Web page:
An Islay speciality is the Chough. They are widespread especially in the west of the island, with the two major dune areas of the Rinns, at Machir Bay and Ardnave, excellent places to feeding flocks from about July, after the breeding season, right through to the following spring, feeding in the short turf and seeking grubs from the many cowpats. There a few pairs of Choughs on The Oa which can be seen from the signposted walk on the RSPB’s reserve there. These nest in seacliff caves, but elsewhere old buildings are used, as on the RSPB’s Reserve, where they can be watched without disturbing them. The reserve walk is also good for Golden Eagle, Peregrine and seabirds.

Forestry

The many derelict buildings scattered about the island mark where small farms have been amalgamated into larger ones. They offer excellent nesting sites not only for Choughs but also for at least 20 pairs of Barn Owls. Tawny Owls frequent the larger woodlands, while Short-eared Owls can be seen hunting over the moorland and, in good vole years, the younger forestry plantations.

Some older forestry, in the centre of the island, has attracted nesting Crossbills, while Siskins are quite common. Much of this was felled in the late 1990s, though one good block remains. The younger plantations, on the Rinns and north-west of Ballygrant, are now maturing but still provide good hunting grounds for that elegant raptor, the Hen Harrier. Among the other birds of prey breeding on the island are several pairs of Golden Eagles and Peregrines, and small numbers of Merlin, Kestrel and Sparrowhawk. Buzzards are probably the most plentiful bird of prey and are widespread.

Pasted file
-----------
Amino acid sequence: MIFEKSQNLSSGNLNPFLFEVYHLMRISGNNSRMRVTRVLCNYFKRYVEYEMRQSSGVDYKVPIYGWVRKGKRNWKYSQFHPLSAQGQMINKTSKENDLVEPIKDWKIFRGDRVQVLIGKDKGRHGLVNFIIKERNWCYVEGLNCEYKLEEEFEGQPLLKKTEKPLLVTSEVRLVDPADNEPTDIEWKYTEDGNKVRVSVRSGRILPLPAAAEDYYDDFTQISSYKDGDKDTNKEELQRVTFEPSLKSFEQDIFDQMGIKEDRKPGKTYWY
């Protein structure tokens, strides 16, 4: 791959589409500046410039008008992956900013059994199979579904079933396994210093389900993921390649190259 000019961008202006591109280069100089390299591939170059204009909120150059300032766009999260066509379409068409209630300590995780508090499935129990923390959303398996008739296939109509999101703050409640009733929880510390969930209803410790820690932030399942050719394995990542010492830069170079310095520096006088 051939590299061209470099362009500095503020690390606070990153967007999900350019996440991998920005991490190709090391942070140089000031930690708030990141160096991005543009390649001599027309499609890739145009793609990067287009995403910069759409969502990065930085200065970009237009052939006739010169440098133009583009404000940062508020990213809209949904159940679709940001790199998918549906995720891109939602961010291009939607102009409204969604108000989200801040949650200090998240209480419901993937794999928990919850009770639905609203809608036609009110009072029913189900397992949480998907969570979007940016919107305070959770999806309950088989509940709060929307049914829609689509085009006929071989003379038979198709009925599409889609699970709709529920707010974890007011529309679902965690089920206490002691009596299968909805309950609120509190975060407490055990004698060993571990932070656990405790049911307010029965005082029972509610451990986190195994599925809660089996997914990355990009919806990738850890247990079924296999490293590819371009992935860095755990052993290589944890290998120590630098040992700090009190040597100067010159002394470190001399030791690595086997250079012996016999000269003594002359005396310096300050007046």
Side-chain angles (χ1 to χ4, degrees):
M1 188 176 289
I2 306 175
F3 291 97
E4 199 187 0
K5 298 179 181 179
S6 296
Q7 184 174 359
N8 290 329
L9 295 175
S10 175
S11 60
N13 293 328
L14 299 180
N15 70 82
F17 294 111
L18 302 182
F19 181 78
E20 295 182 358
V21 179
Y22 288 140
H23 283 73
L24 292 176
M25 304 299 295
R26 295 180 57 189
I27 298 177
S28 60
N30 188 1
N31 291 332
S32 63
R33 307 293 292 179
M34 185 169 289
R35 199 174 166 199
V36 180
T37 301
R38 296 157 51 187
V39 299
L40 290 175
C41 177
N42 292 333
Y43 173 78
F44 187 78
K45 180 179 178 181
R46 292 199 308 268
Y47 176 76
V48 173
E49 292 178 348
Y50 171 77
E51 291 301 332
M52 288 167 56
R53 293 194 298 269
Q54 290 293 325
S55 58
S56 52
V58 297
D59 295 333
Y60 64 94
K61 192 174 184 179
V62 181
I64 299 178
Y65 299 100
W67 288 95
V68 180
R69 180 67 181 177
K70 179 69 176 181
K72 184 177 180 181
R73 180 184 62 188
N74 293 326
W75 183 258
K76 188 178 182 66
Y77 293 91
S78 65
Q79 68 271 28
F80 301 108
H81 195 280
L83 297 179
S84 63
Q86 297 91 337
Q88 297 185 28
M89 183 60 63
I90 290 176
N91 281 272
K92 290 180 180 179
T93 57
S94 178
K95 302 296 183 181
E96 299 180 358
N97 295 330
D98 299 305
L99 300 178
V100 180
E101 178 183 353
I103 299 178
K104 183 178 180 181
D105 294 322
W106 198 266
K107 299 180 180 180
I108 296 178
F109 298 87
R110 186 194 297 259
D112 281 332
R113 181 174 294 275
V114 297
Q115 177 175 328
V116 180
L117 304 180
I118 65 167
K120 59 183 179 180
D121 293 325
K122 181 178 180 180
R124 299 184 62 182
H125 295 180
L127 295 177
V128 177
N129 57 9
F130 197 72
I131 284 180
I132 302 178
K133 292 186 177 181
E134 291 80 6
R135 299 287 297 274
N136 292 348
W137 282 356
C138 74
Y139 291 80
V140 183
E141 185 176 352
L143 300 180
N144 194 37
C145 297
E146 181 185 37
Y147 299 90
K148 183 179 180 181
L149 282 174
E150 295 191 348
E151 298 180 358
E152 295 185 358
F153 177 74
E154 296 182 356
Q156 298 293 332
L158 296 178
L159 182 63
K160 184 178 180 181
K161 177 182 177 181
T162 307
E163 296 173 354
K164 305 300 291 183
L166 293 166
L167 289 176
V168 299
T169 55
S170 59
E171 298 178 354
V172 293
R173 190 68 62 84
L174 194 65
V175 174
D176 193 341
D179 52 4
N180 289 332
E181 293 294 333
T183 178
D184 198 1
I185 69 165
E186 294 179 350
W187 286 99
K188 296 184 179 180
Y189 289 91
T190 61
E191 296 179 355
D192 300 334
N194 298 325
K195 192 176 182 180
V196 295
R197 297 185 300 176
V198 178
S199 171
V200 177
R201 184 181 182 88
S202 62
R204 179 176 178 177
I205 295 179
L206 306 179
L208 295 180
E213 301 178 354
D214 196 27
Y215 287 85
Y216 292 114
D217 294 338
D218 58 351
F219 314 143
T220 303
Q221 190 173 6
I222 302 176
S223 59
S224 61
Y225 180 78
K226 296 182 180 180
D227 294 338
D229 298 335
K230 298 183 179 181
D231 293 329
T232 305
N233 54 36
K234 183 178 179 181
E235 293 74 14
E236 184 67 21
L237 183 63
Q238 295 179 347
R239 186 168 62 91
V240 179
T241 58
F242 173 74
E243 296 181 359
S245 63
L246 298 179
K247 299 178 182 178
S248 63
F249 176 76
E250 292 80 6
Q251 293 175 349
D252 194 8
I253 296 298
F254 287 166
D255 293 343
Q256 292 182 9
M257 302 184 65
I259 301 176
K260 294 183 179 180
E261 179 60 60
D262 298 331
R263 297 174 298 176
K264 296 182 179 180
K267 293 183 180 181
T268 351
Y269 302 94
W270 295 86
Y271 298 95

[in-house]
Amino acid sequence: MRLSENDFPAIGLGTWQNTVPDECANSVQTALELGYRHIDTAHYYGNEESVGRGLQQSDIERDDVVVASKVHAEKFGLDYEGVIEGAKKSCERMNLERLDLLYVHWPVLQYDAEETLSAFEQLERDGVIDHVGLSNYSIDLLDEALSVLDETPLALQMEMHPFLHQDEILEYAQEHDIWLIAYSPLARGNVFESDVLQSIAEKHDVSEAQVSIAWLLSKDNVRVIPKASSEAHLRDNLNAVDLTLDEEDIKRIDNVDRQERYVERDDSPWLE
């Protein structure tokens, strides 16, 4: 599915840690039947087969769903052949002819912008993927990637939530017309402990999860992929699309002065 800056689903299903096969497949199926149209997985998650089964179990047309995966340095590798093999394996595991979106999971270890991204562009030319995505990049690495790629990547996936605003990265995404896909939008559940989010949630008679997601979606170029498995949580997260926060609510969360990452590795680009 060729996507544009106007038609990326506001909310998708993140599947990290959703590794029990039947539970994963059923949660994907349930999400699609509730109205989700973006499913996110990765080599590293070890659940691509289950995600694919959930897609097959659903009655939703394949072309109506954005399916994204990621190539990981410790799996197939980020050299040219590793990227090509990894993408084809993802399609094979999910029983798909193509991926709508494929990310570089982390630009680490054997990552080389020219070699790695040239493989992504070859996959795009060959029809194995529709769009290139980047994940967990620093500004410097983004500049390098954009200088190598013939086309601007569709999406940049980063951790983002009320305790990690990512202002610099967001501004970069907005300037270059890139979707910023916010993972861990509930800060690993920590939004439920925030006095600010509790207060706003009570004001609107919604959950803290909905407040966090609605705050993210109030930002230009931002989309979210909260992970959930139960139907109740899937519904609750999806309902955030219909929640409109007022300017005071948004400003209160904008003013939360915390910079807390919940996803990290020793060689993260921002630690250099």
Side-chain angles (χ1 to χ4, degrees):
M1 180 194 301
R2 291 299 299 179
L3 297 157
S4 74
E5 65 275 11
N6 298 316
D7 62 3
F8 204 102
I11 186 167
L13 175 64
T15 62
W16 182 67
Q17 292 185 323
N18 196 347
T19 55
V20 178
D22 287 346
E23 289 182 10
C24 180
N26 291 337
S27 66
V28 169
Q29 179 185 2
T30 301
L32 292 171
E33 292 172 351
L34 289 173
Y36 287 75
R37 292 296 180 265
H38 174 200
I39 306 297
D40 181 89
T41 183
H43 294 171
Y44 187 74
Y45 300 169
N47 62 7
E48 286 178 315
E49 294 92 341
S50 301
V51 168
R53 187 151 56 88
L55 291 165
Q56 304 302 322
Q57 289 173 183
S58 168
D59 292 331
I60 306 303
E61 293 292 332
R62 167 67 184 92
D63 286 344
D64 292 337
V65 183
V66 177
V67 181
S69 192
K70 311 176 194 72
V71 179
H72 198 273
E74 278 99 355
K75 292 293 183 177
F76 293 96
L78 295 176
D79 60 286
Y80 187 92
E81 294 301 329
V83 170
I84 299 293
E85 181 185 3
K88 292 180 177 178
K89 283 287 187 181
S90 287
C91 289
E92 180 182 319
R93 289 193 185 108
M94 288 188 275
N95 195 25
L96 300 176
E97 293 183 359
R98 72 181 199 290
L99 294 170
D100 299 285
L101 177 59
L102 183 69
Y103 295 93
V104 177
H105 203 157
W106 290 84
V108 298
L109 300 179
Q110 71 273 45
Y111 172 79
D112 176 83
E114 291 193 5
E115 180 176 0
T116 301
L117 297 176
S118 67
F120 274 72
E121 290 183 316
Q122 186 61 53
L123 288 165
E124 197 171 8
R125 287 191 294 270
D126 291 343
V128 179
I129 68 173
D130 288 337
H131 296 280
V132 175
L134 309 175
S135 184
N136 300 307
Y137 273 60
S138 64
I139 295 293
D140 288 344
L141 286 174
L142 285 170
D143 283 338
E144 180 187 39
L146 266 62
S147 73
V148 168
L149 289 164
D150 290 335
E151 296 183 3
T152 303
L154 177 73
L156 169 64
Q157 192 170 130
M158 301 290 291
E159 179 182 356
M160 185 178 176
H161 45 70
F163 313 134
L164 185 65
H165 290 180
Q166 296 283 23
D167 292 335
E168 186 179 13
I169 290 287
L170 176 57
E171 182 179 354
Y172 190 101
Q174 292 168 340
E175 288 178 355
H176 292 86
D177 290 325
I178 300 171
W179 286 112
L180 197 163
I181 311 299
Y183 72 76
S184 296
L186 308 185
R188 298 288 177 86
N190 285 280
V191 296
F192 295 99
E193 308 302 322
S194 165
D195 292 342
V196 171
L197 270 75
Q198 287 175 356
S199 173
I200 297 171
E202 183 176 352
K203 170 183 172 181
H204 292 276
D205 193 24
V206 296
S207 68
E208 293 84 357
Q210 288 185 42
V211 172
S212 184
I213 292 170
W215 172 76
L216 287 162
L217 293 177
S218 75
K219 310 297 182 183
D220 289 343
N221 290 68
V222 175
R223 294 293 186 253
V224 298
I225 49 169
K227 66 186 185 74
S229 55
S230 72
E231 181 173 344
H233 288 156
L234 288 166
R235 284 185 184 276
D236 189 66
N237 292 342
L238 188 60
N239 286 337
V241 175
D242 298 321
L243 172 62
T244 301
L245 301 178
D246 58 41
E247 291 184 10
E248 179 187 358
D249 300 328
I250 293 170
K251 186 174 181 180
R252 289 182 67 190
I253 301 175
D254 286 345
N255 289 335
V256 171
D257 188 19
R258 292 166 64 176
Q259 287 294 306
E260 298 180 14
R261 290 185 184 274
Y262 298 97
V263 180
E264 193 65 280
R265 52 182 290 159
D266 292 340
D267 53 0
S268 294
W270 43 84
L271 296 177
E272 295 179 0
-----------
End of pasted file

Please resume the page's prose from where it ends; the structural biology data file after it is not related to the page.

It is rare not to see several raptors in a day and at least one group of birders I took round a few years ago should still remember the magic of five Golden Eagles, a Peregrine and a Hen Harrier all in view at once, with the other four species also seen during the visit.

For some, birding is all about rarities. Islay gets it share including waders and ducks from North America, but they are merely the icing on an amazingly rich cake. Islay holds at least 100-110 species of birds throughout the year, with peaks of over 120 during the spring and autumn migration periods, in April and October. About 105 species breed each year with a few others doing so occasionally. A recent new breeder has been a pair of White-tailed Eagles.

The island is a little far west and north for some species, which can confuse visitors who report, say, a Magpie and then wonder why we residents get excited about this rare vagrant! Other species which may not rate a second glance by a visitor from the mainland, but which are rare here, include Great Spotted Woodpecker, Pied Flycatcher and several more.

There is no poor time for birdwatching on Islay, with geese and winter ducks present for seven months of the year, migration taking place in at least four or five, and an extended breeding season from the laying by Ravens in February to the fledging of Hen Harriers in July.

The Tourist Office in Bowmore has information on accommodation. This ranges from first-rate hotels to comfortable farm bed and breakfasts, as well as a modern Youth Hostel in Port Charlotte, which shares premises (a former distillery warehouse) with the Islay Natural History Centre. At the Centre, you can find an excellent reference library, files of records, a large public display area, laboratory and childrens’ room. Regular film and slide shows are held throughout the year.

A daily blog maintained by Islay resident, Ian Brooke, http://islaybirds.blogspot.co.uk/ is well worth visiting regularly. A database of past records can be found at www.islaynaturalhistory.org